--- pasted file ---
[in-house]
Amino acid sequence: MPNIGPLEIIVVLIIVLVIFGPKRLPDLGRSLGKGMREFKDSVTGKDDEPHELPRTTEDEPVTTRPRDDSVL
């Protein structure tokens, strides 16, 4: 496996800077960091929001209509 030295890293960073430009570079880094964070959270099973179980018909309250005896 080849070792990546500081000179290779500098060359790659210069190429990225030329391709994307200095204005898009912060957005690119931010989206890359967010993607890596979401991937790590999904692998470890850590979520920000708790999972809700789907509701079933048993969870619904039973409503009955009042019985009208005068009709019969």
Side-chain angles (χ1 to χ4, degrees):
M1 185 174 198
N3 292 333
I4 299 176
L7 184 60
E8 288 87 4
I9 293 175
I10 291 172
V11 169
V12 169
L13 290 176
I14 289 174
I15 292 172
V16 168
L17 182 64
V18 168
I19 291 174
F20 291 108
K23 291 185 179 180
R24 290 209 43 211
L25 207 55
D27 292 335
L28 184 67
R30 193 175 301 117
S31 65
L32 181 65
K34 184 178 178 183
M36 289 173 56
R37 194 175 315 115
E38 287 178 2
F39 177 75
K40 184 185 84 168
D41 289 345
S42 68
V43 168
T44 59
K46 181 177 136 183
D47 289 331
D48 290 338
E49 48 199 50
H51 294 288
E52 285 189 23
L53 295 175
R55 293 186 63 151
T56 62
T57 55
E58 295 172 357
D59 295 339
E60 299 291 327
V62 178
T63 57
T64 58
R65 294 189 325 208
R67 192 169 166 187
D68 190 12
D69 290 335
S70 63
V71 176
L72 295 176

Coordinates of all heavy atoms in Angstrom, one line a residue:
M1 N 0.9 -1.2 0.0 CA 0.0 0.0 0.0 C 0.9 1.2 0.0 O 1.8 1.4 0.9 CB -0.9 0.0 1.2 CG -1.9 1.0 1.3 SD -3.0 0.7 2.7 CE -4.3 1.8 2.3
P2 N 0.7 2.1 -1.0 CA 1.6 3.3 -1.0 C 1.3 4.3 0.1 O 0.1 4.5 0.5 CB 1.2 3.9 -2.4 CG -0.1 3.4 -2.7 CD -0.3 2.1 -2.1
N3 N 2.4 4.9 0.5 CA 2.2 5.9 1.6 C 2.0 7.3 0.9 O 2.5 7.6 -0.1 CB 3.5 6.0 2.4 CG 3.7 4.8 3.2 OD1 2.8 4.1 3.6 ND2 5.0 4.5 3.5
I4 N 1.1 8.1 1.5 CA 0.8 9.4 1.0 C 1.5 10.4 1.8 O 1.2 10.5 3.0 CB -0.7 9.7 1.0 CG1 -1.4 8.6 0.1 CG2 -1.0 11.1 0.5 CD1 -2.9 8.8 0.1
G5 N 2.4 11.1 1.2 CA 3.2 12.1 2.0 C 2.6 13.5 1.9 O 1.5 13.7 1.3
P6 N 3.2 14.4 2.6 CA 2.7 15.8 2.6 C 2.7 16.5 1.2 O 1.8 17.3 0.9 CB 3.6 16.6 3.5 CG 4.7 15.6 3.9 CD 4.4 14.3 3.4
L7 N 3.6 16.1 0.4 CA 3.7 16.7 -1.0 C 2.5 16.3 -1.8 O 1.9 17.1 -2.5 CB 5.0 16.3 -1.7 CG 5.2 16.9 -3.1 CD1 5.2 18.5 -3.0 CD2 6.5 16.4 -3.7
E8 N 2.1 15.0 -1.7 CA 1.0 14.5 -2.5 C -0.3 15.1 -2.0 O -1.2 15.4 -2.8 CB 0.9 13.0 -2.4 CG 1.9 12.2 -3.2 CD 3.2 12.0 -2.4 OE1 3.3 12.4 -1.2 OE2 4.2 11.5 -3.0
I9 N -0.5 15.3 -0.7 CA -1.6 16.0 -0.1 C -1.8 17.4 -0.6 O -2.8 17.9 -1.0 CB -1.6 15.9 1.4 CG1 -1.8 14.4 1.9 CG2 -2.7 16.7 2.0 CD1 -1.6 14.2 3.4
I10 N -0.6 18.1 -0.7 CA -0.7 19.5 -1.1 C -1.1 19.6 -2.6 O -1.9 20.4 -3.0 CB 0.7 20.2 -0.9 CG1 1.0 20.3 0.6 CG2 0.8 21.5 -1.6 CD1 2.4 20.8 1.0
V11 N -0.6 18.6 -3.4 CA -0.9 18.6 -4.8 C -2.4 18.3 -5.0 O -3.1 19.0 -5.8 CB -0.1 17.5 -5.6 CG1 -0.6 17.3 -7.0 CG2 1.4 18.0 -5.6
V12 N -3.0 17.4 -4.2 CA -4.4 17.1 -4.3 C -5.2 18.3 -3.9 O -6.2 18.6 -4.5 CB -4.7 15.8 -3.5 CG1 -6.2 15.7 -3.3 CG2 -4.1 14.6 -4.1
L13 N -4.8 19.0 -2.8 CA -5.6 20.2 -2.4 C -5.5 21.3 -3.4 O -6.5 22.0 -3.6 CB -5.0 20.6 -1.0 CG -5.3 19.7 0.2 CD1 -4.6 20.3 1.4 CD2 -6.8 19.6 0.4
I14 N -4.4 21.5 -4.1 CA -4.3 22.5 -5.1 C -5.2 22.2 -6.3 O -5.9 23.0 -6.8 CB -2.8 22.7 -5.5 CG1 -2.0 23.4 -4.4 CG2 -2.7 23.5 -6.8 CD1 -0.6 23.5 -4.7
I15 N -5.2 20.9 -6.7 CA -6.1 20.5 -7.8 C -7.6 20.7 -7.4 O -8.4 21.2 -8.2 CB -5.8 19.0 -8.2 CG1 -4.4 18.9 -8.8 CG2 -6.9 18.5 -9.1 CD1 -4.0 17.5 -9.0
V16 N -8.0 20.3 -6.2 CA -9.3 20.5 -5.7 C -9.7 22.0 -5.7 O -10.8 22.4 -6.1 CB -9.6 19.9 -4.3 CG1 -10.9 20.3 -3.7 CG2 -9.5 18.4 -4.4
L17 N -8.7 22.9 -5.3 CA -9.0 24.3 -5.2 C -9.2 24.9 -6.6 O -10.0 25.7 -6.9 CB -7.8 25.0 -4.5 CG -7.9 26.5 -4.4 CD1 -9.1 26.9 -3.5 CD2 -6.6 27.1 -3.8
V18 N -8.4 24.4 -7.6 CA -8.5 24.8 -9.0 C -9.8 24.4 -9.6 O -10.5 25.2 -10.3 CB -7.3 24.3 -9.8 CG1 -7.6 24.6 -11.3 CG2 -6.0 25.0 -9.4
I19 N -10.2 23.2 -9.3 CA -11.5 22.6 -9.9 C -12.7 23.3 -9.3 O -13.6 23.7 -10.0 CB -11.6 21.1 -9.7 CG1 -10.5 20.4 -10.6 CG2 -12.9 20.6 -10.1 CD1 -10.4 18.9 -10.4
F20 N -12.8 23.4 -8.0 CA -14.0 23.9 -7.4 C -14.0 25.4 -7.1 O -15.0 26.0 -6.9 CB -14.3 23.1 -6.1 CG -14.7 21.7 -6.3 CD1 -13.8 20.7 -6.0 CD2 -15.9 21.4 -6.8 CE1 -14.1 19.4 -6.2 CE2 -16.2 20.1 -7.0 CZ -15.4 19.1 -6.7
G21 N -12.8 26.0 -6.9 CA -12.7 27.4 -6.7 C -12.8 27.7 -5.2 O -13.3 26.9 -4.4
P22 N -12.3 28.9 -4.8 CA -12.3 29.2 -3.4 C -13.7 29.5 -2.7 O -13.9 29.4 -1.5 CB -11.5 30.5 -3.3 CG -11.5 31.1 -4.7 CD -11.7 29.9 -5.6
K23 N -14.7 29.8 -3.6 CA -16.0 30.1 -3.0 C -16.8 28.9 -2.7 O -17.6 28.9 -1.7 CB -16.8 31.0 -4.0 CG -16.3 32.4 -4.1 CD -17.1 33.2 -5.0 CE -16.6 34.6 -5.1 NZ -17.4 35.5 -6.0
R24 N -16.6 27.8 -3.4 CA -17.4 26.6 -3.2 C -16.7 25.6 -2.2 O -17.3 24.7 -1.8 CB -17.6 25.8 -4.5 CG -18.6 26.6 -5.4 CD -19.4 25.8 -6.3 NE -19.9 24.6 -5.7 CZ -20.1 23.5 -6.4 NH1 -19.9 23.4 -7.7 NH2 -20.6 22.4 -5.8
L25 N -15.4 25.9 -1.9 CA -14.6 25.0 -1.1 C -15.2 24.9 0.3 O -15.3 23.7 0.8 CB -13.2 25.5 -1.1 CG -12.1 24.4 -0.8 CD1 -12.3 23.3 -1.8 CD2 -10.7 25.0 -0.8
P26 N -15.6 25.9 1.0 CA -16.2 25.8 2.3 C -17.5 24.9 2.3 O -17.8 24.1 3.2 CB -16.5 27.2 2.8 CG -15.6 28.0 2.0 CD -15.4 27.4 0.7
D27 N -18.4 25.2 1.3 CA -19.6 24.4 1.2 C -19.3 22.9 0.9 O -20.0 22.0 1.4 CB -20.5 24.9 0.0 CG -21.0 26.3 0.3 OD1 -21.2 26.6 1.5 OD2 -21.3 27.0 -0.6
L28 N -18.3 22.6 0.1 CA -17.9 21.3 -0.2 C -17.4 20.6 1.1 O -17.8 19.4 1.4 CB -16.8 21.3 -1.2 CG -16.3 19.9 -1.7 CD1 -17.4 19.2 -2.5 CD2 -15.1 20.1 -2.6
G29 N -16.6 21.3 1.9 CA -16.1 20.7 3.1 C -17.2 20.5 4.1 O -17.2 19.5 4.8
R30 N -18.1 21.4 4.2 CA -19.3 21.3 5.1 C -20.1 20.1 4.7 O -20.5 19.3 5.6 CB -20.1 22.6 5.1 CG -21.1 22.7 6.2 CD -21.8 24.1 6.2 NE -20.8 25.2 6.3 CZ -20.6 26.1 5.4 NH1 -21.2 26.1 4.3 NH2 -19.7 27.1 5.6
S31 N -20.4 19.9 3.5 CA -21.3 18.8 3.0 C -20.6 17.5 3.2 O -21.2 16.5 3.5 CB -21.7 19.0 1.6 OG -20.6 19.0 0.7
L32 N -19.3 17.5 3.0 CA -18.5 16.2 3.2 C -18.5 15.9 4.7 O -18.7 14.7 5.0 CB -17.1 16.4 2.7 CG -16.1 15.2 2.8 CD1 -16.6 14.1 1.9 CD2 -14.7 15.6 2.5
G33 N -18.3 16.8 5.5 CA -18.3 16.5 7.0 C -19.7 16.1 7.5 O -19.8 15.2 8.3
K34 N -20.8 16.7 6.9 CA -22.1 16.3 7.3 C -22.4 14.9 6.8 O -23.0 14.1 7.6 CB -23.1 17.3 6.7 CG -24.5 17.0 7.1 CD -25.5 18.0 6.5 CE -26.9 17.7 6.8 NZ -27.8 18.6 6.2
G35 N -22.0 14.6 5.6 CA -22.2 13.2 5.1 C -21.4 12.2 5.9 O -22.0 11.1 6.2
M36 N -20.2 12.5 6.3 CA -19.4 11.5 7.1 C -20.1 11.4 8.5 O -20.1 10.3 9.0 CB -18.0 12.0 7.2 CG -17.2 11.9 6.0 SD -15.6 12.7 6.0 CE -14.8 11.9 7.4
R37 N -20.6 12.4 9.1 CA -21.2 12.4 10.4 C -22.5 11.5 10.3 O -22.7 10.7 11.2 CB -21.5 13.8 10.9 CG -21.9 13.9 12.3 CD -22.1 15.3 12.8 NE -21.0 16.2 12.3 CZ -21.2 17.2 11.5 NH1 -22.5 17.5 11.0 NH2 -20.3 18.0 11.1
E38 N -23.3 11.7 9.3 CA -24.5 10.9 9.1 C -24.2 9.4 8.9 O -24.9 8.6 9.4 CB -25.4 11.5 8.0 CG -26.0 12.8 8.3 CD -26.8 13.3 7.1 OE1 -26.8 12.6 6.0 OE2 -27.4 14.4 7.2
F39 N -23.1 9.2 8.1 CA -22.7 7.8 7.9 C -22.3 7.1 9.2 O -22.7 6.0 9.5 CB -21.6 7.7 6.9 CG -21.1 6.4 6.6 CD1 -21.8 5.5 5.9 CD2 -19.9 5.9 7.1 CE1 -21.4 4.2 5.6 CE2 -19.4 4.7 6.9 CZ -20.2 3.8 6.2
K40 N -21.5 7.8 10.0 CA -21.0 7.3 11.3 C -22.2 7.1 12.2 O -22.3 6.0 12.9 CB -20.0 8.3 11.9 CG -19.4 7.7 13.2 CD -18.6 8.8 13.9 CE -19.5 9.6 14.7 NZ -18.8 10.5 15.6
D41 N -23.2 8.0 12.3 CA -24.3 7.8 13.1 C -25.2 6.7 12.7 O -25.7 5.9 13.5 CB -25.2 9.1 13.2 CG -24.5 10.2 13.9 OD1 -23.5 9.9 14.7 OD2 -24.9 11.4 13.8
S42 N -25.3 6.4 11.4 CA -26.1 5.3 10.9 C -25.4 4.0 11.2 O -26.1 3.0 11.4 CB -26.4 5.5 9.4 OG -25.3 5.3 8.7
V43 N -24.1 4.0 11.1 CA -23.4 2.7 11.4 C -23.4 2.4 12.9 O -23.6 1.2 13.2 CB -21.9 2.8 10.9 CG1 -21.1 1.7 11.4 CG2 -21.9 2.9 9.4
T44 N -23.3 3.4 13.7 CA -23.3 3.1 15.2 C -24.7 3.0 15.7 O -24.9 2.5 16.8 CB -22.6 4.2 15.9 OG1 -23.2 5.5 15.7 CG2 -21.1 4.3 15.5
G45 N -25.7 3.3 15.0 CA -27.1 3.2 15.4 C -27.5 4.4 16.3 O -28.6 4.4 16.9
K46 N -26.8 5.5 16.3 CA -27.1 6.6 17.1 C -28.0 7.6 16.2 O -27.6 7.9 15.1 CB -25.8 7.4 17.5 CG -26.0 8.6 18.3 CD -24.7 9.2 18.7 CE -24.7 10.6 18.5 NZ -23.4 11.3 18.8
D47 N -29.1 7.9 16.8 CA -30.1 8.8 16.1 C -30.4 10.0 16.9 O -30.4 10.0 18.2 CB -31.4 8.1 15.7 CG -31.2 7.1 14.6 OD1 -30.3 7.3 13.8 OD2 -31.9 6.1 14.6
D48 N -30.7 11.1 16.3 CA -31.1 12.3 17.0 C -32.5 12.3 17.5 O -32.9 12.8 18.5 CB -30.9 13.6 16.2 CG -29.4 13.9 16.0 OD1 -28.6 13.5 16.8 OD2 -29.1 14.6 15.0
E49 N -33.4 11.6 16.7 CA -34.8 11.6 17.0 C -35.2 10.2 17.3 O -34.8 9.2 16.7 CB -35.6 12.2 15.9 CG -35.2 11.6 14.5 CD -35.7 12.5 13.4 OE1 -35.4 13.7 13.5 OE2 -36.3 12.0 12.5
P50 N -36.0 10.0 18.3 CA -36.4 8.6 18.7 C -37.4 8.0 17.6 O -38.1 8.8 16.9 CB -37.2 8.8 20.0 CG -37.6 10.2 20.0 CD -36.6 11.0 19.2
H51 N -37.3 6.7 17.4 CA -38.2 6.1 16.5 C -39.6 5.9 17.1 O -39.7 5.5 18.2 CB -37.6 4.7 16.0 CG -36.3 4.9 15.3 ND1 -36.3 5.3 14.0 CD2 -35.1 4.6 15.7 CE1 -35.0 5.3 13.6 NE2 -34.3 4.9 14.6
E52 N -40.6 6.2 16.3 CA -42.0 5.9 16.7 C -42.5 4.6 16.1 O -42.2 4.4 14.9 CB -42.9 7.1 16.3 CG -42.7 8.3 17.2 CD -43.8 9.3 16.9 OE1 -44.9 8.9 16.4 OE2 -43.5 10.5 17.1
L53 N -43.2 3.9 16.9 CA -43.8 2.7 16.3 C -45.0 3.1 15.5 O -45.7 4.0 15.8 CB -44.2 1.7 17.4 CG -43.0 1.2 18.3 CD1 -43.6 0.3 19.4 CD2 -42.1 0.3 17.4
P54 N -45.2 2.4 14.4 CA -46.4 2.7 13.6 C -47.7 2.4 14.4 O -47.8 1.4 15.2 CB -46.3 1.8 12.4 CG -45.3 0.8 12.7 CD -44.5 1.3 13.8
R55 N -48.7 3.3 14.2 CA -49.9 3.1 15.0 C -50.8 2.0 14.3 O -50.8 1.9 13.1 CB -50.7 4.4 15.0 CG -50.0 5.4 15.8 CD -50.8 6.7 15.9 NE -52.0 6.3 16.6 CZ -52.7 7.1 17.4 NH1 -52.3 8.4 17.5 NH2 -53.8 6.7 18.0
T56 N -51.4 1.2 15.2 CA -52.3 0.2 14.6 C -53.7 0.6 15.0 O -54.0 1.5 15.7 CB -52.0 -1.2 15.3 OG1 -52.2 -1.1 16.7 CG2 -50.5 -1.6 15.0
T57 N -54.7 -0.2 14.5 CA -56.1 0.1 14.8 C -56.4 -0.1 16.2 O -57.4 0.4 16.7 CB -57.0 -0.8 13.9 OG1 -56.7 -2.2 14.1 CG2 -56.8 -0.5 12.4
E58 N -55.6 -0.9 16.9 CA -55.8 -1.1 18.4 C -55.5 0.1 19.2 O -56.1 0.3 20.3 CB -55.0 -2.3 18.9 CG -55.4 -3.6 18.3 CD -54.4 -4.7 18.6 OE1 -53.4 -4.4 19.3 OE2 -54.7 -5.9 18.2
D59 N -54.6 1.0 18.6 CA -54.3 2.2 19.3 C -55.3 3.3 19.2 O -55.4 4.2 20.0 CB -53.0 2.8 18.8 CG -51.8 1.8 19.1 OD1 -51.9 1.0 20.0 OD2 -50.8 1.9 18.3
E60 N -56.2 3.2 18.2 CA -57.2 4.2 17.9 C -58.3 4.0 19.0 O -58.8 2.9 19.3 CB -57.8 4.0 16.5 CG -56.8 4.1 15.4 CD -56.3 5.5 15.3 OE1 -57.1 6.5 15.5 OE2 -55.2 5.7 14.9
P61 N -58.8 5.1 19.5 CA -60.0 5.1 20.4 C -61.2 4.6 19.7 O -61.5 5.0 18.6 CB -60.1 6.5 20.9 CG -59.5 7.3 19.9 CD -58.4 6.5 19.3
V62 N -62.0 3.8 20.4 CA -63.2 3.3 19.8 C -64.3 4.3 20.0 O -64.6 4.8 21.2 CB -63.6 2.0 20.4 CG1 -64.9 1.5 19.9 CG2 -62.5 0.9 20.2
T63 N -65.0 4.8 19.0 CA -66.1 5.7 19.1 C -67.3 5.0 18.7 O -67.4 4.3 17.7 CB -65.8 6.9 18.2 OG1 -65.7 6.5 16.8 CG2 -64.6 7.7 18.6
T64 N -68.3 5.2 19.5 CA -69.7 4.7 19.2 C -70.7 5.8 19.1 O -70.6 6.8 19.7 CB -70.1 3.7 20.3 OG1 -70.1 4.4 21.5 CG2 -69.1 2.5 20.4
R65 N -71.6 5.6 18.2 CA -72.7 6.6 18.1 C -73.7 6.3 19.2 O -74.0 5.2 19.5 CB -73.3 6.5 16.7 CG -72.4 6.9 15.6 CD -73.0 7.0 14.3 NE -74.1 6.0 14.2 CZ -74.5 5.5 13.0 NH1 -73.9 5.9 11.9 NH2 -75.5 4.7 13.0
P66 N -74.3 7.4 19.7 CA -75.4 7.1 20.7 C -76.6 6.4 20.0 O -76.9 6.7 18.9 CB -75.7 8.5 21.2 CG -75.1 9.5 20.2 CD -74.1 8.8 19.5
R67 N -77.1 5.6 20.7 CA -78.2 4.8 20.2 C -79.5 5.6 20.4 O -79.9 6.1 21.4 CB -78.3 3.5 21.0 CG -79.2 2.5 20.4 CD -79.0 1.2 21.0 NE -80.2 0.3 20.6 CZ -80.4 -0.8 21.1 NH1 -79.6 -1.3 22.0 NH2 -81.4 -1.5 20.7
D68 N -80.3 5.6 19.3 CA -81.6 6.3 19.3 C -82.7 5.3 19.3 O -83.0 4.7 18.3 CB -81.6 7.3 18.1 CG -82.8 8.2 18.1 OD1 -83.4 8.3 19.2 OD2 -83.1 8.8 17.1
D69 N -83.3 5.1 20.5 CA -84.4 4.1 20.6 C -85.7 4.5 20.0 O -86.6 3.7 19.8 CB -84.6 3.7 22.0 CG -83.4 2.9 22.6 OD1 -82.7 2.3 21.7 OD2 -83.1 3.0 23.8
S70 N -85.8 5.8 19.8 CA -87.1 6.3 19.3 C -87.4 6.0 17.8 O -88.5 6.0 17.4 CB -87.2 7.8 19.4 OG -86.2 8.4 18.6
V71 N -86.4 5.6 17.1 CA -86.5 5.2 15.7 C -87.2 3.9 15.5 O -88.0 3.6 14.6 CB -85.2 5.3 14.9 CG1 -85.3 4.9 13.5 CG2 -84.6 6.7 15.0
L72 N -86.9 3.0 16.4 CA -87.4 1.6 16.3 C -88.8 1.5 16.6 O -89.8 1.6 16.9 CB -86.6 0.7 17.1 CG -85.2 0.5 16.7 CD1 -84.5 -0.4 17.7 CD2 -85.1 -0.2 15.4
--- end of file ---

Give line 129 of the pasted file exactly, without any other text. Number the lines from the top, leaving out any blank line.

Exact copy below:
P66 N -74.3 7.4 19.7 CA -75.4 7.1 20.7 C -76.6 6.4 20.0 O -76.9 6.7 18.9 CB -75.7 8.5 21.2 CG -75.1 9.5 20.2 CD -74.1 8.8 19.5